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Huge spoilers for You season 2 (opens in new tab) ahead, (opens in new tab) and trigger warning: violence against men and women. The second season of You, which dropped on Netflix December 26, really ups the ante in terms of gore. For a drama, it really plays up the horror aspects, with multiple bodies piling up as Joe (who now goes by Will) pursues another manic pixie dream girl-type love interest. This time, it's the aptly named Love Quinn, and Joe/Will attempts to win her over and not kill her this time—but his "good" intentions lead to an ever-increasing body count. So what happens? Who dies, and how, this season? Do you really want to know?
In order to craft his fake identity, Joe imprisons a man named Will Bettelheim, who makes counterfeit IDs for a living. What he didn't plan on, though, was a spurned client of Will's, Jasper. Jasper comes looking for Will to get back his $50,000; Will's already spent the money, and Joe scrambles to come up with the cash needed. Jasper is a scary character (Will calls him a "Russian mafia-chasing wanker"), and he cuts off the tip of Joe's finger as collateral to ensure he'll get his money by the end of the day.
With no resources available to him, Joe finally comes clean that he isn't the real Will. Jasper doesn't really care, though: He just wants his money, and he attacks Joe. We know by now that's never a good idea: Joe kills him, dismembers him, and grinds him up like hamburger meat. There's the Joe we know! Joe gets his finger reattached, in case you were curious.
Chris D'Elia, an actual comedian IRL, plays a comedian in season 2 who knows Love's brother Forty. Joe ends up at a party at Henderson's house, as part of an investigation into rumors about whether Henderson's a sexual predator. Long story short: He is.
In order for Joe to help his 15-year-old neighbor (Ellie) from becoming ensnared and victimized, he ties up Henderson and tries to get him to confess. Henderson attempts to flee, they fight, and Henderson breaks his neck. Joe frames it as a suicide, but the police are investigating it as a murder a few episodes later.
Joe's intelligent and savvy neighbor, who is also a survivor of sexual violence from Henderson, cultivates a bit of a casual relationship with Joe. The two clearly have chemistry, despite Joe's fixation on Love...but then Delilah, who's an investigator by nature, discovers Joe's glass cage and all his "trophies." Joe finds her and locks her up, but instead of killing her, he decides to imprison her for just long enough for him to make an escape.
Then, in an epic twist no one saw coming, Love follows Joe to the storage facility and kills Delilah so that Joe won't have to leave and the two can be together. It's...really dark, especially since Ellie loses her sister and guardian.
This death really hurt. After Candace survived Joe's murder attempt (in a flashback, we learned he knocked her out and then buried her, thinking she was dead), she's determined to make him pay for his misdeeds. She follows him to L.A. and embeds herself in the Quinn family by dating Forty. She tries to keep the family safe from Joe while working to expose him, and even brings Love to show her what her dream guy is capable of. But, since Love is just as twisted as Joe, she kills Candace too. Considering that no one believed Candace when Joe first tried to kill her, and her effort to bring justice leads to nothing, it's a real gut punch.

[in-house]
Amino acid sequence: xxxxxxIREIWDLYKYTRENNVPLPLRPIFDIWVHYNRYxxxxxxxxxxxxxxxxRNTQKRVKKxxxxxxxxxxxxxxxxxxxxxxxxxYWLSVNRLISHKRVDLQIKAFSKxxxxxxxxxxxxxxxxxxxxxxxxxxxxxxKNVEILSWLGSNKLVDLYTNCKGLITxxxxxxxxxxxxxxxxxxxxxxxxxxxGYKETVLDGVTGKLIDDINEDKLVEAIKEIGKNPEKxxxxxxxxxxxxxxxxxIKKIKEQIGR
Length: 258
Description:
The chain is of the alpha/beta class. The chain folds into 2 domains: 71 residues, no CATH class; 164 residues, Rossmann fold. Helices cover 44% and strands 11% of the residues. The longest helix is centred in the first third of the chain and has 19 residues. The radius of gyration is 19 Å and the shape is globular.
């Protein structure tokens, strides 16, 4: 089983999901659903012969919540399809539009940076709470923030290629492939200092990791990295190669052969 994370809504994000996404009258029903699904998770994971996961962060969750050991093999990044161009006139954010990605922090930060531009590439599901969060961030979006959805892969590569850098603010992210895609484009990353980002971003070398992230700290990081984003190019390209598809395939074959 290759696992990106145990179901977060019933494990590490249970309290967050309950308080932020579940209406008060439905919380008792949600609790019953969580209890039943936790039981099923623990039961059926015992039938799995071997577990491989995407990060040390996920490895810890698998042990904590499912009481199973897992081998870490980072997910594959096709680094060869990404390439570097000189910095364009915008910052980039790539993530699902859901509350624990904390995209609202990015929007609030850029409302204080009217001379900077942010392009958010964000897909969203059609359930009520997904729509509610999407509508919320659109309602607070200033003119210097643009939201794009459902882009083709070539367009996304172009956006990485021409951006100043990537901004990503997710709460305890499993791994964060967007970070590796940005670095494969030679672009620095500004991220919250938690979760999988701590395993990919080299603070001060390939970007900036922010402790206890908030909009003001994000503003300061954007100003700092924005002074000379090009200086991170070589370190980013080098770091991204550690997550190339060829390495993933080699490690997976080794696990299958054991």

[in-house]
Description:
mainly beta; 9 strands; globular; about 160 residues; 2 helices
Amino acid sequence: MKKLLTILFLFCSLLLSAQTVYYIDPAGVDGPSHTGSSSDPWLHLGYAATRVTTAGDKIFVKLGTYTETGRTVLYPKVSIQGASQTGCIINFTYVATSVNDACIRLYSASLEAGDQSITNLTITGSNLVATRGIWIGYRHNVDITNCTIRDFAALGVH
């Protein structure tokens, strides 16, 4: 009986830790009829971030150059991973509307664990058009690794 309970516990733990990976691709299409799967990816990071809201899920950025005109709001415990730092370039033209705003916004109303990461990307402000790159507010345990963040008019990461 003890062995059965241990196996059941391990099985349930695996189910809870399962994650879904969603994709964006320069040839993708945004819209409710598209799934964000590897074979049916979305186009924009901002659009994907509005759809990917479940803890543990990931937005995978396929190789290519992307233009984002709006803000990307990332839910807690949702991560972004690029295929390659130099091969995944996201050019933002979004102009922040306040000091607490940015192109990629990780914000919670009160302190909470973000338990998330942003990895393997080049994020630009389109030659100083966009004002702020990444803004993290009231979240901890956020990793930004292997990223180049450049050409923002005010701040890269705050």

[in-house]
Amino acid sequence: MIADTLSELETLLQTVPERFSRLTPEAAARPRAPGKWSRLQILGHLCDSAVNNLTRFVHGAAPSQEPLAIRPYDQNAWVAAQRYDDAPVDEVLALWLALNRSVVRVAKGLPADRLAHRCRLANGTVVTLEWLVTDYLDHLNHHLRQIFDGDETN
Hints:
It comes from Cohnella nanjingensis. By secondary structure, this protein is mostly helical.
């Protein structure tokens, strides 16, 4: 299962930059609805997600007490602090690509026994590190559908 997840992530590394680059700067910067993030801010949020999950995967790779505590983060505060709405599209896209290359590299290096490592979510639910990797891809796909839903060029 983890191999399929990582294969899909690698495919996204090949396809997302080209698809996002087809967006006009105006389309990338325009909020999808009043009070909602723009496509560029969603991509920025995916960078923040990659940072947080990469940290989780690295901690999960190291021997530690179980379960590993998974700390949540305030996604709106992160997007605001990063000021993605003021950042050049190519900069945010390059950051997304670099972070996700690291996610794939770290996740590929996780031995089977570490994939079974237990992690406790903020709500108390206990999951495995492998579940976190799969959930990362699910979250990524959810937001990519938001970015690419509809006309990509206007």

In flashbacks, it's revealed that Joe shot his dad after a particularly abusive episode. Throughout the second season, we see Joe's dad being a psychopath—burning Joe with a cigarette, beating up his mom—and it definitely gives a backstory for Joe's own terrible behavior. Joe's mom (who's kind of neglectful herself) shows Joe the gun she's bought to defend herself with. Joe ends up being the one to use it. Joe's mom passes it off as an accident, then sends him to a group home. Yikes.
Love's brother, who's annoying and clingy and frustrating in his own way, becomes the victim of his own machinations. He's trying to write a script for the film adaptation of Beck's novel (irony!), and he pieces it together—Dr. Nicky didn't kill her. Her jealous boyfriend did. He realizes that Joe is that jealous boyfriend. What's devastating is that once Forty makes the connection, no one believes him because of his history of drug use. In a desperate attempt to try and save his sister, he confronts Joe with the aim of shooting him. A cop who's investigating Joe and the Quinn family discovers the scene—which looks like a crazy Forty trying to shoot the innocent Joe—and shoots Forty. It's a cruel twist, and yet another example of Joe coming off as the sane and normal one compared to the people he victimizes.
This season: More twisted than the last? Pretty sure! (If you're keeping track, Joe kills Benji, Peach, neighbor Ron, and Beck in season 1, but we also see in a flashback that he killed Candace's boyfriend—so the body count is just one less than in season 2. He also attempts to kill Candace, soooo yea.)
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Katherine’s a Boston-based contributor at Marie Claire who covers fashion, culture, and lifestyle—from “Clueless” to Everlane to news about Lizzo. She’s been a freelancer for 11 years and has had roles with Cosmopolitan and Bustle, with bylines in Parents, Seventeen, and elsewhere. It’s “I go to dinner,” not “Her huge ego,” but she responds to both.
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